IF Obamacare were a product sold on the private market, its makers would already face class-action lawsuits based on the false and misleading claims used to sell it. Virtually every promise made about the law has already been broken.
In 2009, President Barack Obama famously declared that “no matter how we reform health care, we will keep this promise: If you like your doctor, you will be able to keep your doctor. Period. If you like your health care plan, you will be able to keep your health care plan. Period.”
But now we know the insurance plans offered through Obamacare's state exchanges will have much more limited provider networks than those offered elsewhere; doctor choices will be restricted. Also, a recent Deloitte Center for Health Solutions survey found that 62 percent of physicians believe it's “likely” that many doctors will retire earlier than planned over the next three years.
The law's perverse incentives could cause companies to drop coverage and dump employees into Medicaid or the exchange system, meaning citizens may not keep their insurance plan either. And insurance costs are rising.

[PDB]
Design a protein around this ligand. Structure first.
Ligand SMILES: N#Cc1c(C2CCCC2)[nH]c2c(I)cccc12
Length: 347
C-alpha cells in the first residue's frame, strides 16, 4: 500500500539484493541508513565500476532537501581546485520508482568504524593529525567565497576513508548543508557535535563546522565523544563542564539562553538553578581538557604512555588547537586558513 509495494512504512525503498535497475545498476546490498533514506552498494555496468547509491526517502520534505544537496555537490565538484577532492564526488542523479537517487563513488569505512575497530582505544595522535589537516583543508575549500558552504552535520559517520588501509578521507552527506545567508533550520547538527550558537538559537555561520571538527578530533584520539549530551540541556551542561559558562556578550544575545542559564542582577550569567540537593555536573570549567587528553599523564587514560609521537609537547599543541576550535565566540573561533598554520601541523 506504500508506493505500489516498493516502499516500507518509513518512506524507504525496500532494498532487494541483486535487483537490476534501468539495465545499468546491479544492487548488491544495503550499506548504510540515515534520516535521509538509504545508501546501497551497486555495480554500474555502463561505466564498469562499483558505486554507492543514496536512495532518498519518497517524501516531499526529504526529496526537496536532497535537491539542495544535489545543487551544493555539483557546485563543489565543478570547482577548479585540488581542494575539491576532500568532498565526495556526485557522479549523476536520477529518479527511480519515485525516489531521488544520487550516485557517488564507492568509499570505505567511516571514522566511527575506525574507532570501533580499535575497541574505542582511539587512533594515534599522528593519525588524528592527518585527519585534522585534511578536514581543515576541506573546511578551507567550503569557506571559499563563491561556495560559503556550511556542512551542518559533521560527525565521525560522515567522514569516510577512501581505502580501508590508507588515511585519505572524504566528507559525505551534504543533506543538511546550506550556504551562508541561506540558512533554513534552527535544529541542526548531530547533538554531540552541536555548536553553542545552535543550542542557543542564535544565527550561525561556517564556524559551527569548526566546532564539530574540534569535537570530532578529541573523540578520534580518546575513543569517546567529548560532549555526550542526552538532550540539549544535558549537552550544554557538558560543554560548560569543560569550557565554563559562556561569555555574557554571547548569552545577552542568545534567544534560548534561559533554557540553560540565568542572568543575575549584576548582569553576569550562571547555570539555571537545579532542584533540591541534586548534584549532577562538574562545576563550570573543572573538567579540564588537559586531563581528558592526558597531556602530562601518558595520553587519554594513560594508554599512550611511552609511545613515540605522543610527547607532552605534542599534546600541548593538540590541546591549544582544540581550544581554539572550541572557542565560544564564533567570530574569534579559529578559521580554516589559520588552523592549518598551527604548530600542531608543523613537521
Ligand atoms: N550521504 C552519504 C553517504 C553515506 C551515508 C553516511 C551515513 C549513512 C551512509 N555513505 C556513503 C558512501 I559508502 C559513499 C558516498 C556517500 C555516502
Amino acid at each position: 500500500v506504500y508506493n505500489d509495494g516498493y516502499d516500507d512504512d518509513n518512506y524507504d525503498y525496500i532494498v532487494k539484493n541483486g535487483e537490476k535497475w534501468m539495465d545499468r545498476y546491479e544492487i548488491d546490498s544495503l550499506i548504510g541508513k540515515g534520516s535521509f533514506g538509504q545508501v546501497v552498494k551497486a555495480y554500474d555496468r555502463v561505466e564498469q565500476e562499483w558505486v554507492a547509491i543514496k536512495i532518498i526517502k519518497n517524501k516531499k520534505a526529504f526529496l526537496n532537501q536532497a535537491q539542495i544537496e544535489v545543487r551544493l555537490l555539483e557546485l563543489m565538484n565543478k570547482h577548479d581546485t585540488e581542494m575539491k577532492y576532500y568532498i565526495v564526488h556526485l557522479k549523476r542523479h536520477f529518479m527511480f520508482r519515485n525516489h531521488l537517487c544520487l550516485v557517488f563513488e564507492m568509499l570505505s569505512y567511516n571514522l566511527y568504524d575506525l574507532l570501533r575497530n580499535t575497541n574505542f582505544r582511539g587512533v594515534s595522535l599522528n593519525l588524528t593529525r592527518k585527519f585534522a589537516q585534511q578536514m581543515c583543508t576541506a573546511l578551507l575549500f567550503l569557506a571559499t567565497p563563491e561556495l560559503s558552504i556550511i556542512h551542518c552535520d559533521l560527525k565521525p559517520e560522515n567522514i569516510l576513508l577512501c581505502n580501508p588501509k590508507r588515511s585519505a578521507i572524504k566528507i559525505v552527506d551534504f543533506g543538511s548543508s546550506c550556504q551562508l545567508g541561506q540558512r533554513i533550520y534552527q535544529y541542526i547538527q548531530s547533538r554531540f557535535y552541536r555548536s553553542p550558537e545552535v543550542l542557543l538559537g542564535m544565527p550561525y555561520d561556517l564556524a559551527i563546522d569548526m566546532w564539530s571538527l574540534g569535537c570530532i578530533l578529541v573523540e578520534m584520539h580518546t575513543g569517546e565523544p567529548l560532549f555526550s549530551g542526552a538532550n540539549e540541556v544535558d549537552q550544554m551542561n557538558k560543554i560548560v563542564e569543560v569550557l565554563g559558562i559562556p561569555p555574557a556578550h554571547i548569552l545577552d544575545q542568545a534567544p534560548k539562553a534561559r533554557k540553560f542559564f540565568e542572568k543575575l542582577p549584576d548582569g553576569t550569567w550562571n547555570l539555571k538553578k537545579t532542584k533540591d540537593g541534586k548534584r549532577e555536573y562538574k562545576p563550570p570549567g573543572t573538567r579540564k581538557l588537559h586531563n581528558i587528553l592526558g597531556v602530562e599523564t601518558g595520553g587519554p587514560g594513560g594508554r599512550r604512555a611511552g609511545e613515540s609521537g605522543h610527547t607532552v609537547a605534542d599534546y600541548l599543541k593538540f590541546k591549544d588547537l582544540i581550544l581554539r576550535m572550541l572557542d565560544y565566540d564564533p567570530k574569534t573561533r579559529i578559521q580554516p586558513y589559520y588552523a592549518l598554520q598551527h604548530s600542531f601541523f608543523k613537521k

Now it's been revealed that yet another Obamacare cost estimate was wrong. Federal Health and Human Services Department budget documents show the agency now expects to spend $4.4 billion by the end of this year on grants to help states set up online insurance exchanges. That's more than double last year's estimate. HHS also is seeking another $1.5 billion to help set up federally run exchanges in states that don't establish their own, including Oklahoma.
The surging cost of the exchanges is evidence Gov. Mary Fallin made the right call when deciding Oklahoma would not build its exchange for the federal government. We were among those initially supportive of a state exchange, believing it would be better if Oklahoma had some control. But Fallin concluded that Obamacare's regulations meant such exchanges would be “state-run” in name only and “would require Oklahoma resources, staff and tax dollars to implement.” Fallin wasn't alone in reaching that conclusion. Only 17 states and Washington, D.C., have been conditionally approved to run their own exchanges.